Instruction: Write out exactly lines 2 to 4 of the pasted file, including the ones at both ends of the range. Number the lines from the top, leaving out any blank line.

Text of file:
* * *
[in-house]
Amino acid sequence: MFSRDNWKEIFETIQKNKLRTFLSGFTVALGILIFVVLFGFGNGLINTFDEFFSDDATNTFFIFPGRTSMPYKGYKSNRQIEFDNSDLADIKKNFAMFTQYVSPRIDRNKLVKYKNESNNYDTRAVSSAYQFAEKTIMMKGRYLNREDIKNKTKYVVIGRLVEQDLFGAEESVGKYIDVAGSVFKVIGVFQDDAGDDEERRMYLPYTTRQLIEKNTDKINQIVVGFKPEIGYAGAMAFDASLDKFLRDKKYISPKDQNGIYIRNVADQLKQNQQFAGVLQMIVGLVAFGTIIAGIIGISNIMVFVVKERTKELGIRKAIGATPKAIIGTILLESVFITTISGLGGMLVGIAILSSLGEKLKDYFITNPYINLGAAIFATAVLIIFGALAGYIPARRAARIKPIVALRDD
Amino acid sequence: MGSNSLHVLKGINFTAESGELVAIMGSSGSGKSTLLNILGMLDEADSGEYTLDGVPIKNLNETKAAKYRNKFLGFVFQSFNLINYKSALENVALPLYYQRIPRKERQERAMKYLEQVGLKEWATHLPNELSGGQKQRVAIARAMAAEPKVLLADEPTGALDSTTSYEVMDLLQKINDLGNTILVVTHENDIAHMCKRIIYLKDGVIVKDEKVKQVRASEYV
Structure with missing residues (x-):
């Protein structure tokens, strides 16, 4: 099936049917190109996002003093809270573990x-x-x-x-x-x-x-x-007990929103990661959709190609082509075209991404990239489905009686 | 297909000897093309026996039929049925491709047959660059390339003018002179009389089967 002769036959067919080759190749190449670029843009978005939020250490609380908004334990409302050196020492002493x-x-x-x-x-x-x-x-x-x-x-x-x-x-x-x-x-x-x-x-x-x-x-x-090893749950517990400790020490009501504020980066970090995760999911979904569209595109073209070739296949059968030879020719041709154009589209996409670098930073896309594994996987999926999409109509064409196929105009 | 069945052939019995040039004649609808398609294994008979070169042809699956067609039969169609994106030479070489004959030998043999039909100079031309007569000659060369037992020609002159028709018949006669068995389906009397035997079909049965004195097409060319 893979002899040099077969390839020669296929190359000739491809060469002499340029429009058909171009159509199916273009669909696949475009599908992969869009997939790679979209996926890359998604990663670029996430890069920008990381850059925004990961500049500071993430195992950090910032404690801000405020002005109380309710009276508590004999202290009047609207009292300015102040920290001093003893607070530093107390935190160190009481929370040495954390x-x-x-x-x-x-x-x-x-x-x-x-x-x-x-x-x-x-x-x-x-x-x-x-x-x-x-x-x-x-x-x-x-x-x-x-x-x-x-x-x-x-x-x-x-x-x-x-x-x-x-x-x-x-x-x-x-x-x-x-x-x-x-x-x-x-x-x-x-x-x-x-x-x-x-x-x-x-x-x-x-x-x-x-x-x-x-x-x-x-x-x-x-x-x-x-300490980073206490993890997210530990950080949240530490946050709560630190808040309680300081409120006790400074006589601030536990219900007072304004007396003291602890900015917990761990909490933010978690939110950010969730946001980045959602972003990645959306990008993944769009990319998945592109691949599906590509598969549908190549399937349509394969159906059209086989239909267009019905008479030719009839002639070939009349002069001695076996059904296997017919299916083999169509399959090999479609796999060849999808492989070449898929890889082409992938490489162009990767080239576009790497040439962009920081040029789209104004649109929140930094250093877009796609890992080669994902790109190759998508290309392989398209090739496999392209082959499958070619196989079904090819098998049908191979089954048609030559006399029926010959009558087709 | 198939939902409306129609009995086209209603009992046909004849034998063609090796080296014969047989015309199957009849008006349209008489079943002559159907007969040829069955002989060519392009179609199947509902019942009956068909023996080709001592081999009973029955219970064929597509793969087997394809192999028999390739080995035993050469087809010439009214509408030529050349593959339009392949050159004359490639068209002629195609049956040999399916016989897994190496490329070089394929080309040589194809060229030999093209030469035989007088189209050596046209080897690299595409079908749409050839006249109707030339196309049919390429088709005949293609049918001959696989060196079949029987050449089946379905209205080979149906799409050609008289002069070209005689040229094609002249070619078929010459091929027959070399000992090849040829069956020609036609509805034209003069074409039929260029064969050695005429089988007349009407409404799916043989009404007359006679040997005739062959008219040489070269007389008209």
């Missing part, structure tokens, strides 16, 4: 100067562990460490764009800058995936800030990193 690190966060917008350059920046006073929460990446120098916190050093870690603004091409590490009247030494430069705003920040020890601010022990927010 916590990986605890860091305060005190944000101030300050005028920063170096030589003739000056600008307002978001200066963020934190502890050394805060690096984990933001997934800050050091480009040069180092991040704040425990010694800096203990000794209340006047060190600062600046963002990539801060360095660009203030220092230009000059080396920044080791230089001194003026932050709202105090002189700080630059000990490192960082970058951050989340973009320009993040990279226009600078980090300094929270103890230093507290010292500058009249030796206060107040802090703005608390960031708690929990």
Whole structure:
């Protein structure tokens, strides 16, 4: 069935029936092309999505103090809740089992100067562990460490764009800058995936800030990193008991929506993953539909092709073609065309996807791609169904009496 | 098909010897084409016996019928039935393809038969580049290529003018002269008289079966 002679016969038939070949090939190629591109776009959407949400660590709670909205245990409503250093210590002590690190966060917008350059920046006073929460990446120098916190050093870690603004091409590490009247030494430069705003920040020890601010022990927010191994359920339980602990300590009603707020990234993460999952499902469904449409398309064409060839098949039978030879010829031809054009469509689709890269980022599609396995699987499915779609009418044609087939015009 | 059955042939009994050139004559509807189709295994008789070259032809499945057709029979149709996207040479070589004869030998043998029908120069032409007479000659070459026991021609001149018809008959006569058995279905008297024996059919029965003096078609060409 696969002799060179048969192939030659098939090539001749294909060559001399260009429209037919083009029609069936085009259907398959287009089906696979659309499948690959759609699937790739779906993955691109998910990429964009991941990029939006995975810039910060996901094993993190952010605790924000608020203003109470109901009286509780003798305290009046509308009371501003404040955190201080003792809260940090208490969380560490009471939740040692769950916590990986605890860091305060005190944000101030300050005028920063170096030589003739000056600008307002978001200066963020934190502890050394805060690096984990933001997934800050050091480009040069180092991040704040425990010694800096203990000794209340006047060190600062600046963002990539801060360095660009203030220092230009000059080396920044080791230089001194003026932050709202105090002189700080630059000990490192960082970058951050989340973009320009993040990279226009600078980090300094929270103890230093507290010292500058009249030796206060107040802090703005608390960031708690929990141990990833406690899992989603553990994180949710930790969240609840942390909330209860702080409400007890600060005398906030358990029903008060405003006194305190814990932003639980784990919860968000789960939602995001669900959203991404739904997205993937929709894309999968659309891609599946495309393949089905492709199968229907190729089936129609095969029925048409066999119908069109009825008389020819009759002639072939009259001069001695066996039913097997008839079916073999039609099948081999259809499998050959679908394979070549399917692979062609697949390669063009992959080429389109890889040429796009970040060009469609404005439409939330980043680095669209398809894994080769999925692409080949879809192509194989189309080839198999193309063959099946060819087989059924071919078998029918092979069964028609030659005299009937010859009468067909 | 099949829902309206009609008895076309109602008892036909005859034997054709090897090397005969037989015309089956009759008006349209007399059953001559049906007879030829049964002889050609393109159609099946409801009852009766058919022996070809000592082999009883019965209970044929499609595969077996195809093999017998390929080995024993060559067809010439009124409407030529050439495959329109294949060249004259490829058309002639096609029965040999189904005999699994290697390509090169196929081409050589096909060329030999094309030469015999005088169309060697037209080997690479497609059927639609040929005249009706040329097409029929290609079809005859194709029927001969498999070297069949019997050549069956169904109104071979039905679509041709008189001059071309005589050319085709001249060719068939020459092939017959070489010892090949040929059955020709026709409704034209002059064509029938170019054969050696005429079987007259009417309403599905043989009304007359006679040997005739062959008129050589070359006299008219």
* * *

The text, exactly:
Amino acid sequence: MFSRDNWKEIFETIQKNKLRTFLSGFTVALGILIFVVLFGFGNGLINTFDEFFSDDATNTFFIFPGRTSMPYKGYKSNRQIEFDNSDLADIKKNFAMFTQYVSPRIDRNKLVKYKNESNNYDTRAVSSAYQFAEKTIMMKGRYLNREDIKNKTKYVVIGRLVEQDLFGAEESVGKYIDVAGSVFKVIGVFQDDAGDDEERRMYLPYTTRQLIEKNTDKINQIVVGFKPEIGYAGAMAFDASLDKFLRDKKYISPKDQNGIYIRNVADQLKQNQQFAGVLQMIVGLVAFGTIIAGIIGISNIMVFVVKERTKELGIRKAIGATPKAIIGTILLESVFITTISGLGGMLVGIAILSSLGEKLKDYFITNPYINLGAAIFATAVLIIFGALAGYIPARRAARIKPIVALRDD
Amino acid sequence: MGSNSLHVLKGINFTAESGELVAIMGSSGSGKSTLLNILGMLDEADSGEYTLDGVPIKNLNETKAAKYRNKFLGFVFQSFNLINYKSALENVALPLYYQRIPRKERQERAMKYLEQVGLKEWATHLPNELSGGQKQRVAIARAMAAEPKVLLADEPTGALDSTTSYEVMDLLQKINDLGNTILVVTHENDIAHMCKRIIYLKDGVIVKDEKVKQVRASEYV
Structure with missing residues (x-):